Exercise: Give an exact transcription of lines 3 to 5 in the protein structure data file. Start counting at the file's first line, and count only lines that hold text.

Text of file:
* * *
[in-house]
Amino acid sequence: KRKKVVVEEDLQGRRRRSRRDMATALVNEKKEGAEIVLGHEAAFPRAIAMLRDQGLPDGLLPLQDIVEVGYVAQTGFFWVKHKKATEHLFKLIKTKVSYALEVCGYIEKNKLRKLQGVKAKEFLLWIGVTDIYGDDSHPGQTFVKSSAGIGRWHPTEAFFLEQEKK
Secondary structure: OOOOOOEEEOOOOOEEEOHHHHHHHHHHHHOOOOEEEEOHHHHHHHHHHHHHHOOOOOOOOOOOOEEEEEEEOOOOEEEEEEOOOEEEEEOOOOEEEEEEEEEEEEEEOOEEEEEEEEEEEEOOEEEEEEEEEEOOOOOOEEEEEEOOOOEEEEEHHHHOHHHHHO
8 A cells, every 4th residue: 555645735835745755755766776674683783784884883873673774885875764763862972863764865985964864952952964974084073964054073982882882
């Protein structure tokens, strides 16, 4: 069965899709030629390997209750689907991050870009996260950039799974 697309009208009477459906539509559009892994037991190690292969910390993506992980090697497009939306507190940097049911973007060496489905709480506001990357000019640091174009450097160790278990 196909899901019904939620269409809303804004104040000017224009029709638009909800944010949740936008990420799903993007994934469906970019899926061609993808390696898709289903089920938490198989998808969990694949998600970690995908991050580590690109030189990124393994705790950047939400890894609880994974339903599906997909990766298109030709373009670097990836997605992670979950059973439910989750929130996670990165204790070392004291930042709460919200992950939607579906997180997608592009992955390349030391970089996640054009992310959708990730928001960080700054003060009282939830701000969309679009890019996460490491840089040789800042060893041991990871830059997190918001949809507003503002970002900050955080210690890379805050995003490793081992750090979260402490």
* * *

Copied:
Secondary structure: OOOOOOEEEOOOOOEEEOHHHHHHHHHHHHOOOOEEEEOHHHHHHHHHHHHHHOOOOOOOOOOOOEEEEEEEOOOOEEEEEEOOOEEEEEOOOOEEEEEEEEEEEEEEOOEEEEEEEEEEEEOOEEEEEEEEEEOOOOOOEEEEEEOOOOEEEEEHHHHOHHHHHO
8 A cells, every 4th residue: 555645735835745755755766776674683783784884883873673774885875764763862972863764865985964864952952964974084073964054073982882882
């Protein structure tokens, strides 16, 4: 069965899709030629390997209750689907991050870009996260950039799974 697309009208009477459906539509559009892994037991190690292969910390993506992980090697497009939306507190940097049911973007060496489905709480506001990357000019640091174009450097160790278990 196909899901019904939620269409809303804004104040000017224009029709638009909800944010949740936008990420799903993007994934469906970019899926061609993808390696898709289903089920938490198989998808969990694949998600970690995908991050580590690109030189990124393994705790950047939400890894609880994974339903599906997909990766298109030709373009670097990836997605992670979950059973439910989750929130996670990165204790070392004291930042709460919200992950939607579906997180997608592009992955390349030391970089996640054009992310959708990730928001960080700054003060009282939830701000969309679009890019996460490491840089040789800042060893041991990871830059997190918001949809507003503002970002900050955080210690890379805050995003490793081992750090979260402490």